Phillip Sontag, 63, led an active and busy life as a father of 10 and a grandfather of six, so he was surprised to notice he no longer had the energy to do certain things.
“I was having a lot of shortness of breath,” Sontag said. “It was very difficult to take a good deep breath and it felt like pushing a rock up a hill.”
Sontag also noticed he was regularly experiencing severe fatigue. He listened to his body and visited his primary care physician who recommended he see Dr. James O’Neil, an interventional cardiologist affiliated with Memorial Hermann Memorial City Medical Center.
“When my cardiologist told me I had a leaky mitral heart valve, I was completely shocked and surprised,” Sontag said. “My wife was shocked. It was just not what I thought I would ever experience.”
A leaky mitral heart valve, or mitral regurgitation, is a condition in which the heart’s mitral valve doesn’t close tightly, allowing blood to flow backward and reducing the blood flow to the rest of the body and causing the heart to pump harder.
During Sontag’s initial consultation with Dr. O’Neil, Sontag remembers the cardiologist placing the stethoscope on his chest and declaring, “Wow! You’ve got a rock concert going on in there!” Dr. O’Neil referred Sontag to Dr. Tom Nguyen, cardiothoracic and vascular surgeon affiliated with Memorial Hermann Heart & Vascular Institute to discuss options for repairing his leaky heart valve.
“As Mr. Sontag’s heart valve would squeeze, I noticed that a lot of his blood would go backward into his lungs, which is a dangerous problem to have,” Dr. Nguyen said.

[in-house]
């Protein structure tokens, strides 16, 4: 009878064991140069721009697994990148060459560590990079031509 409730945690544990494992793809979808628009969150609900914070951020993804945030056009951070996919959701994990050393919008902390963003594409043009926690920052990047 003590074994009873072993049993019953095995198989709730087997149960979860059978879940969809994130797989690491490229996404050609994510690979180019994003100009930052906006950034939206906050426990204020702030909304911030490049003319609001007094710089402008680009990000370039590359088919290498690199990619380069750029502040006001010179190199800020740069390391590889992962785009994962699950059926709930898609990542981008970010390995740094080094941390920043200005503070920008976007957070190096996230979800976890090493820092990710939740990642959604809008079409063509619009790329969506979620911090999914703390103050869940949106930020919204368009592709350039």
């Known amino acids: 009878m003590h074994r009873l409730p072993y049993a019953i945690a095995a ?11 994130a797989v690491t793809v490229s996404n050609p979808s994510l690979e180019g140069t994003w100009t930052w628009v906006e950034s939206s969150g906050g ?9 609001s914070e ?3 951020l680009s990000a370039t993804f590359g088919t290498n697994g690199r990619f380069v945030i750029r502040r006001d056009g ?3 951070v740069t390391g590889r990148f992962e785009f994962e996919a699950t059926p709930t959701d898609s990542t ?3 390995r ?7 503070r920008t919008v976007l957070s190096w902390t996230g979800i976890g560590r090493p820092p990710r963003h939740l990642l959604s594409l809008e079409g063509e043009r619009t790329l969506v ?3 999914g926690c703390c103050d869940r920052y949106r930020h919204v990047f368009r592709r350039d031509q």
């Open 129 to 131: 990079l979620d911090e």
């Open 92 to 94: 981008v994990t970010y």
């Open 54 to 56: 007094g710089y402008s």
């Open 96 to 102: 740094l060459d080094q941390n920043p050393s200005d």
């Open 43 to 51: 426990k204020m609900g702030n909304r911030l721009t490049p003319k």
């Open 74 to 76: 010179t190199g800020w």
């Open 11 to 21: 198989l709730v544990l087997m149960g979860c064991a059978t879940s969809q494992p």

Sontag had researched his options for surgery when he was first diagnosed and came to Dr. Nguyen, director of Minimally Invasive Valve Surgery at UTHealth, wanting to learn more about the minimally invasive options available. After their consultation, Dr. Nguyen also knew he did not want to perform surgery that would require him to open Sontag’s chest and break his breast bone.
Less than two months later, Sontag underwent surgery.
Dr. Nguyen accessed the mitral valve through a 5-centimeter incision on the right side of Sontag’s chest. Sontag was left with an incision that was approximately five centimeters long.
“The recovery time is less than half of that of open heart surgery and I was ready to keep going, so the faster I could get back on the road, the better!” Sontag said.
Sontag said he is fortunate to have found his physicians.
“When I first sought out a surgeon I thought I would talk to several to get options, but as soon as I met with Dr. Nguyen, I knew he was the doctor for me,” Sontag said.
Since the surgery, Sontag has been able to resume activities, such as walking his dog, biking and being active in the busy lives of his children and grandchildren.
“I immediately felt a change after the surgery,” Sontag said.
To learn more about treatment options available at Memorial Hermann Heart & Vascular Institute visit http://heart.memorialhermann.org/.